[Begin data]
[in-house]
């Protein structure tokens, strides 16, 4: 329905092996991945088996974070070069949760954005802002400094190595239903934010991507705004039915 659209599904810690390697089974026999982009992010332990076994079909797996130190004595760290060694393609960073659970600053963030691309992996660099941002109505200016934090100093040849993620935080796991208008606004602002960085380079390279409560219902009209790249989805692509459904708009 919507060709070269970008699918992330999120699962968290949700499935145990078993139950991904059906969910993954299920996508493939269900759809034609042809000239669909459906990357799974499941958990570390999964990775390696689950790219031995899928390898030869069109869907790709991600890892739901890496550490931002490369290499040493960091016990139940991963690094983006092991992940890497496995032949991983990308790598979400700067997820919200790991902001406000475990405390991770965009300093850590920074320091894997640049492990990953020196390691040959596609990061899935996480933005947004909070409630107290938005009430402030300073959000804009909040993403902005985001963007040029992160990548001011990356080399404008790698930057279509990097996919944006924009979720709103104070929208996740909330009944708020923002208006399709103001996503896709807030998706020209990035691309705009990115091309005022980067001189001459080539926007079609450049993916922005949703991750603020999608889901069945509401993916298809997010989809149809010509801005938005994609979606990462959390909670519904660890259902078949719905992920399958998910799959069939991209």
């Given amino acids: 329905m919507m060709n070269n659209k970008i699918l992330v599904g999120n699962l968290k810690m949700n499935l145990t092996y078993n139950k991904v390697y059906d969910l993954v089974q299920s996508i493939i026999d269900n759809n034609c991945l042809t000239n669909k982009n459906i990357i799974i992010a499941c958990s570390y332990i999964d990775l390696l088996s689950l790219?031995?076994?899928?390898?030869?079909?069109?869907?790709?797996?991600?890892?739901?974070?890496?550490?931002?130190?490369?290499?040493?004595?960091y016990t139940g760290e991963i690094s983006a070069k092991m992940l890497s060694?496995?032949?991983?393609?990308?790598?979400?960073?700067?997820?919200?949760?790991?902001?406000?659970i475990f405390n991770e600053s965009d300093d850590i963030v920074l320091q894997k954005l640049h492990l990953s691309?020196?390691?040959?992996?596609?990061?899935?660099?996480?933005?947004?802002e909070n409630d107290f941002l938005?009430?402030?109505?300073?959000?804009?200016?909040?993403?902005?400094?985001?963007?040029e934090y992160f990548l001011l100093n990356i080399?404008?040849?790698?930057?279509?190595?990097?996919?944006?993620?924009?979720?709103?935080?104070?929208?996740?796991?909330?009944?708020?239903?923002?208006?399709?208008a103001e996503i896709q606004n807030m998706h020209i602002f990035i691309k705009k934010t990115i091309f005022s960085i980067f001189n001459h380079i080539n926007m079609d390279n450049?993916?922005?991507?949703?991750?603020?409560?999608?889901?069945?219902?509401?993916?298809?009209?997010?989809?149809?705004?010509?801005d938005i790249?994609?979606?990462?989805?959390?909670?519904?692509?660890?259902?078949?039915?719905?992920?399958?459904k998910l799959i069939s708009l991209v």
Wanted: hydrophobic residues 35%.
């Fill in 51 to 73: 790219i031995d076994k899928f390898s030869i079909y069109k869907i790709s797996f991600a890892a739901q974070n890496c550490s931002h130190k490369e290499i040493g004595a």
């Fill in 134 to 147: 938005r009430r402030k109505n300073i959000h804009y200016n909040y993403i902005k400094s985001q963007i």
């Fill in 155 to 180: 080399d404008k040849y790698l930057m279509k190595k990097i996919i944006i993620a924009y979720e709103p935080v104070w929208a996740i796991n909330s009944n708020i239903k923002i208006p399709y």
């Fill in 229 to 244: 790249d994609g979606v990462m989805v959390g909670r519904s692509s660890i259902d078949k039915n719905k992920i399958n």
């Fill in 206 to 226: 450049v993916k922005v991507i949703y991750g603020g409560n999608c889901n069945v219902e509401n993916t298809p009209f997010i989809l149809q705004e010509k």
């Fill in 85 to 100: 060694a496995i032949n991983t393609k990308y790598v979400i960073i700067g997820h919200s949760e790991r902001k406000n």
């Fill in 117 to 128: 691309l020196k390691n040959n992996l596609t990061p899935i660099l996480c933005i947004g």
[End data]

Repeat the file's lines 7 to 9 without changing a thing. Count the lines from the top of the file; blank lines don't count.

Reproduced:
């Fill in 155 to 180: 080399d404008k040849y790698l930057m279509k190595k990097i996919i944006i993620a924009y979720e709103p935080v104070w929208a996740i796991n909330s009944n708020i239903k923002i208006p399709y």
């Fill in 229 to 244: 790249d994609g979606v990462m989805v959390g909670r519904s692509s660890i259902d078949k039915n719905k992920i399958n």
């Fill in 206 to 226: 450049v993916k922005v991507i949703y991750g603020g409560n999608c889901n069945v219902e509401n993916t298809p009209f997010i989809l149809q705004e010509k």